During the coronavirus (COVID-19) pandemic, the government implemented specific programs quickly to keep businesses and families afloat. Some people took advantage of the Paycheck Protection Program (PPP) to fund extravagant personal supercar purchases like Lamborghinis, Ferraris, and even a Rolex or two. What is PPP fraud, and how does one buy a Lamborghini with it?
Paycheck Protection Program (PPP) fraud: Lamborghini edition
According to the Department of Justice Office of Public Affairs, Lee Price III, 30, of Houston, pleaded guilty to fraud charges this week. The Texas man fraudulently obtained more than $1.6 million in PPP loans. The Small Business Administration (SBA) under the Coronavirus Aid, Relief and Economic Security (CARES) Act guaranteed these loans. Upon receiving the money, Price almost immediately bought a Lamborghini Urus.
Price applied for loans using two different applications and two different lenders on behalf of 713 Construction LLC and Price Enterprises Holdings LLC. After that, he filed the loan for 713 Construction under the name of someone who had recently died.
Price faked the number of employees and the payroll expenses on the applications to qualify for a bigger loan. He also falsified tax records and other documents to supplement the fraudulent applications. According to the court documents, the government approved the $752,452 loan for 713 Construction. Then, a $937,500 loan for Price Enterprises Holdings was approved. After that, the Lamborghini was almost his.
Why not buy a Lamborghini and a Rolex with $1.6 million in loans?
According to the court documents, Price went all-out upon receiving the money. He bought a Rolex watch for $14,343.13. He also bought a 2019 Lamborghini Urus for $233,337 and a $85,000 2020 Ford F-350 truck. After that, Price paid off the loan on a house and made some other smaller purchases. According to an earlier announcement from the Department of Justice, Price spent thousands of dollars at local Houston strip clubs and nightclubs in addition to the Lamborghini.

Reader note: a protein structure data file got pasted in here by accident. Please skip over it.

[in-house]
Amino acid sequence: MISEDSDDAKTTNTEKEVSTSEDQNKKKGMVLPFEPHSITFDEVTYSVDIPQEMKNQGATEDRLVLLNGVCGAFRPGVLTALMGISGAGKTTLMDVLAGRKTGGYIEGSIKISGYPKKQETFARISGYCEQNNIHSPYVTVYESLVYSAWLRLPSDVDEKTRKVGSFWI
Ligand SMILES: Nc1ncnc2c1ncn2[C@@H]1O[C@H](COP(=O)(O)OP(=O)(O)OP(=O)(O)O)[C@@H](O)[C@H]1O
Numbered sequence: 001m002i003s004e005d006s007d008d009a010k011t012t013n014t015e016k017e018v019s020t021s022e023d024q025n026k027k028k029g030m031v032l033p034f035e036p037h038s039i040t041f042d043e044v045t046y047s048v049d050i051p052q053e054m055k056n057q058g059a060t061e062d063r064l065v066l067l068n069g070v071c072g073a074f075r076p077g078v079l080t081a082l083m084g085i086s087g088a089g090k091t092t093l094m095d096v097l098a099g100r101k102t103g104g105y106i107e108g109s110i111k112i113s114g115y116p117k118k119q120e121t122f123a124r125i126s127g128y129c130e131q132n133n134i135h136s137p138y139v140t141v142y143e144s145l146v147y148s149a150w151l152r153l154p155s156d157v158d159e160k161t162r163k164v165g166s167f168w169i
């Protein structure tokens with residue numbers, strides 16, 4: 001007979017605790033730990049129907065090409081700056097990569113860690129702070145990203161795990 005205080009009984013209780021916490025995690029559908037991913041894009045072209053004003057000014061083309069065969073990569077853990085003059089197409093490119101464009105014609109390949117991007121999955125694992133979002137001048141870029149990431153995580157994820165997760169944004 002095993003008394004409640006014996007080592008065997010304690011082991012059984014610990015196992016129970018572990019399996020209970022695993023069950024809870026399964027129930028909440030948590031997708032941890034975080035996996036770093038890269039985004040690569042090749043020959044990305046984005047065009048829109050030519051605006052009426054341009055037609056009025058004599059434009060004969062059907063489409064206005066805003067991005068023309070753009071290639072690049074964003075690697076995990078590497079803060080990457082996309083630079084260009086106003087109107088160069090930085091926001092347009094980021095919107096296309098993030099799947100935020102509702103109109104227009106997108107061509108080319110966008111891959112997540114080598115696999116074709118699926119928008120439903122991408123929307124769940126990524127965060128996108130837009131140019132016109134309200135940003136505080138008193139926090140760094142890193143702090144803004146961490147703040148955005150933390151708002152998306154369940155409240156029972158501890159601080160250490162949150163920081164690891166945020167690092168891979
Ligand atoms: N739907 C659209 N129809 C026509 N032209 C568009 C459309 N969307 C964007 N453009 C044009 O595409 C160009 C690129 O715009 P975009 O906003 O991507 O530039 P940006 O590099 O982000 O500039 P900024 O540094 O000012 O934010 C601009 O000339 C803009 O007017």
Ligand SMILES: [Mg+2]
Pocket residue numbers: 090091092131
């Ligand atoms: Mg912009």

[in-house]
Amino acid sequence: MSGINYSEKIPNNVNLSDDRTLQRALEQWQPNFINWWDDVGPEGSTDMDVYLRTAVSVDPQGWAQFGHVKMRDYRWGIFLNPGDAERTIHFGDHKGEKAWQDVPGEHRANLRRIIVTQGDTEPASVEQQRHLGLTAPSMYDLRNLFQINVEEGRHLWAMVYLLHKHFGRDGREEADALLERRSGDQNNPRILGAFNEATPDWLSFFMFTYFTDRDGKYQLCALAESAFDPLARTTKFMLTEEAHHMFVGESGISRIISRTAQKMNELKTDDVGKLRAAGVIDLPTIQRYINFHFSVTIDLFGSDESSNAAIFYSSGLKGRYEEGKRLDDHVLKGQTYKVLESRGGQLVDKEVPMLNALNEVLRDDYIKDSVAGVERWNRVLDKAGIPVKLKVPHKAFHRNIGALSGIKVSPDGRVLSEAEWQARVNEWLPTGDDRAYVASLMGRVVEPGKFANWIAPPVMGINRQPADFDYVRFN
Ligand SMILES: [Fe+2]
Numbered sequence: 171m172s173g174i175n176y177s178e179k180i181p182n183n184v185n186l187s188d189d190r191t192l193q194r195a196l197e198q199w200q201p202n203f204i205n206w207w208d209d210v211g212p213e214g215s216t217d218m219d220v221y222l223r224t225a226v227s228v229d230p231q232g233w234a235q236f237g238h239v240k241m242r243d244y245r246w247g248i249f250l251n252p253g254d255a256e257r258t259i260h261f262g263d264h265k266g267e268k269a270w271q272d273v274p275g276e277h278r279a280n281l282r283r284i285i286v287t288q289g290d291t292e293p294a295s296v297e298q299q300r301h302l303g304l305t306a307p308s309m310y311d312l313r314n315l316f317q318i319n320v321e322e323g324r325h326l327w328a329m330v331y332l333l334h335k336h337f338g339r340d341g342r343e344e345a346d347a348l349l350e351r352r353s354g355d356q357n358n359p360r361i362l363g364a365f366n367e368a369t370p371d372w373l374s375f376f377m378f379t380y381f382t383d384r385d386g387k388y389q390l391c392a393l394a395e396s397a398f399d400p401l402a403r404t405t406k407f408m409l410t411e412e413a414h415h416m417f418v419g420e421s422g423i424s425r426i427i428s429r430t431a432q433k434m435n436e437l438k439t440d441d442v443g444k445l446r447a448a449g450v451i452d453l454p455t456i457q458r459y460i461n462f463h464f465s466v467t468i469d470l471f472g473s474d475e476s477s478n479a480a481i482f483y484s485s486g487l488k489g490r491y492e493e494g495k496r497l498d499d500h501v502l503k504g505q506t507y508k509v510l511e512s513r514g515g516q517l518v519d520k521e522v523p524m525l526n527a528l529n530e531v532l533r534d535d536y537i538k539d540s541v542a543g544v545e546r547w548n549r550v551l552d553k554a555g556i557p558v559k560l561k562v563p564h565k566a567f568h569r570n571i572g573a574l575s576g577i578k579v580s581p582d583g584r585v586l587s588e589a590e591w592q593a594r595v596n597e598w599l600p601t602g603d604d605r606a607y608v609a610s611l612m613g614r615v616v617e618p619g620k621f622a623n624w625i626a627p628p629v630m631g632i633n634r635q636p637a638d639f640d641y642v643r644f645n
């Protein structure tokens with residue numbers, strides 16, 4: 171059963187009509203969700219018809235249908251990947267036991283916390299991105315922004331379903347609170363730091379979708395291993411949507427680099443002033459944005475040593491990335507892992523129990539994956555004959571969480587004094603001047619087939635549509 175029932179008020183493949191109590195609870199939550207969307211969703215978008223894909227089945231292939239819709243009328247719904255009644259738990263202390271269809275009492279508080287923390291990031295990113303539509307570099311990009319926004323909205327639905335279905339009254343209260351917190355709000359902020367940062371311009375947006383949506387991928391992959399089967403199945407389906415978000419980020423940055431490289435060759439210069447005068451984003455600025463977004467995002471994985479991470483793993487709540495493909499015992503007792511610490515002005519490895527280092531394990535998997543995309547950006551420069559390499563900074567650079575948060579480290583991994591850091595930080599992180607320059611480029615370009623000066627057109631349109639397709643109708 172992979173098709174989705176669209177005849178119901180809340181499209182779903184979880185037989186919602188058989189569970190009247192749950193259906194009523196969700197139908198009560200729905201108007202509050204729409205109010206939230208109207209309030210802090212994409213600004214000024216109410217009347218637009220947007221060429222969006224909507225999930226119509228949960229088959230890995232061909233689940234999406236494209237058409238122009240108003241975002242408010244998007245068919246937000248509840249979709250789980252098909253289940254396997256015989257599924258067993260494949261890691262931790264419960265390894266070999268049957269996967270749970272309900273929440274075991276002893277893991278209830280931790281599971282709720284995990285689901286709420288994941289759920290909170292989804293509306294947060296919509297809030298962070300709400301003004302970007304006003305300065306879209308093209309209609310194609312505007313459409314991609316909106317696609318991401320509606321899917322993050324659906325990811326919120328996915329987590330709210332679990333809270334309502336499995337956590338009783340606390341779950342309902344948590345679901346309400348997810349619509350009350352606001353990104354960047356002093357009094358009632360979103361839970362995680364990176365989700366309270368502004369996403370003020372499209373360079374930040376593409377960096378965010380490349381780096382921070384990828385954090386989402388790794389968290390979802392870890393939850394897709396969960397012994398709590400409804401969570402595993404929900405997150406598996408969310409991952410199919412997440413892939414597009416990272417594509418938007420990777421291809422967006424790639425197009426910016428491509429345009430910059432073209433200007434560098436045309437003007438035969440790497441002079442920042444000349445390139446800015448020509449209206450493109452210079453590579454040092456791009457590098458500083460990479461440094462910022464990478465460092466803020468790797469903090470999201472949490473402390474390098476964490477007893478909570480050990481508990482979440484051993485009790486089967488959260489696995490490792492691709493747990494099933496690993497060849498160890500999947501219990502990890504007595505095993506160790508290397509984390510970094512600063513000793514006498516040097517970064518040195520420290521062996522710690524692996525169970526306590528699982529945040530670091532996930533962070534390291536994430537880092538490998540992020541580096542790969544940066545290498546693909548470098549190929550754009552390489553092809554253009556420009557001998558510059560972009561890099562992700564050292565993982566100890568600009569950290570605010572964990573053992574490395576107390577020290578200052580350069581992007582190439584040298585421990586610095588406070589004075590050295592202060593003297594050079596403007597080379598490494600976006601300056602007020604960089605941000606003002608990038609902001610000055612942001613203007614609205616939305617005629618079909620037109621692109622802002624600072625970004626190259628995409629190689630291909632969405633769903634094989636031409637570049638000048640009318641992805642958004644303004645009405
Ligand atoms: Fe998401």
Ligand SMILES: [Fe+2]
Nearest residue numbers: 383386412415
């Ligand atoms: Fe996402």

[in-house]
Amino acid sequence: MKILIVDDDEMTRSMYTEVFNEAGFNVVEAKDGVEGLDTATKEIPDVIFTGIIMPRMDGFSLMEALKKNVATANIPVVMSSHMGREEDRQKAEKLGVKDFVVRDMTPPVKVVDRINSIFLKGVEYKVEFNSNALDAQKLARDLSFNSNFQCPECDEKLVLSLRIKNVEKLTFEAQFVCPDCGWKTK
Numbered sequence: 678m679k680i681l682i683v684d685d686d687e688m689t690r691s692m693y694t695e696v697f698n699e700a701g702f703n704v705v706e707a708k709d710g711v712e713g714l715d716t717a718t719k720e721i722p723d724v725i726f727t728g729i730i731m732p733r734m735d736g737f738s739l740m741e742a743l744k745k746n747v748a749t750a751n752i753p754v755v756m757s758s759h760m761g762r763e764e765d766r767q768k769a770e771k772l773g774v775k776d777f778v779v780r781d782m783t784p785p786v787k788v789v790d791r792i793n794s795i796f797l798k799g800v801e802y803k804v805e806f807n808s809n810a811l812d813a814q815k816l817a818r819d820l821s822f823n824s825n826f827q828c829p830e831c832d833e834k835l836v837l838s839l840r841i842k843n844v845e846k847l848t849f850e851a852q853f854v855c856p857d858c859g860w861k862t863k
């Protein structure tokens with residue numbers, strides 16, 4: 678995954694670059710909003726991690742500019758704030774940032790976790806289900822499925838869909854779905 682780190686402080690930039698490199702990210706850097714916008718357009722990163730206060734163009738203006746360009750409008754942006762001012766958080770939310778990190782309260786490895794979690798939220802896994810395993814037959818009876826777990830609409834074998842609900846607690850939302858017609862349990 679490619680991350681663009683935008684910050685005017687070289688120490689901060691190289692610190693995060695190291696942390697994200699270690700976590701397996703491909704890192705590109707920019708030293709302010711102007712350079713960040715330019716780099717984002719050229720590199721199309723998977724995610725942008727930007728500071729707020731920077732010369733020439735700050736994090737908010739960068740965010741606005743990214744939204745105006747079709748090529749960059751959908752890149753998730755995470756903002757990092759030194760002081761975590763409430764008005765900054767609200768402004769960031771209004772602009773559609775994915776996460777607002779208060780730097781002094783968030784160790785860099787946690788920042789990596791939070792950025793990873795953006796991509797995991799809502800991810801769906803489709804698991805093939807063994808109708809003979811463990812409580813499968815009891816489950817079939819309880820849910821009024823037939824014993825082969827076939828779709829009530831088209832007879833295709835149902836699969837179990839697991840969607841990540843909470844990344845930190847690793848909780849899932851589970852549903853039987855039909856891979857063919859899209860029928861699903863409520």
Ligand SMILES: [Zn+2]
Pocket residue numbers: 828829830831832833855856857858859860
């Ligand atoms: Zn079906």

However, the businesses on the applications were not legitimate and did not require the amount requested for payroll or other costs.
“On Application 1, PRICE claimed that 713 Construction had 30 employees and an average monthly payroll of $300,981. However, 713 Construction actually had no employees and no payroll.”
United States Courts Southern District of Texas | Case 4:20-cr-00522
In court, Price pleaded guilty to two counts of wire fraud and three counts of money laundering. Each count of wire fraud carries the potential for 20 years in prison. Similarly, each count of money laundering has the potential for 10 years in prison.
File this under “what not to do”
Price is far from the only one who tried to scam the government. Since the government announced PPP loans, there have been numerous cases of people obtaining money and immediately buying a Lamborghini or Ferrari. It seems that the allure of buying a supercar will ill-gotten gains is too strong to ignore. In many of the cases, these individuals have already been caught and taken to court.
The government denied loans for smaller businesses that applied and gave people like Lee Price III loans. The fraud above won’t be the last time the government busts someone for fraudulently using PPP funds to buy a Lamborghini, that’s for sure. The courts will sentence Price on Nov 29. Cue the Cops theme song.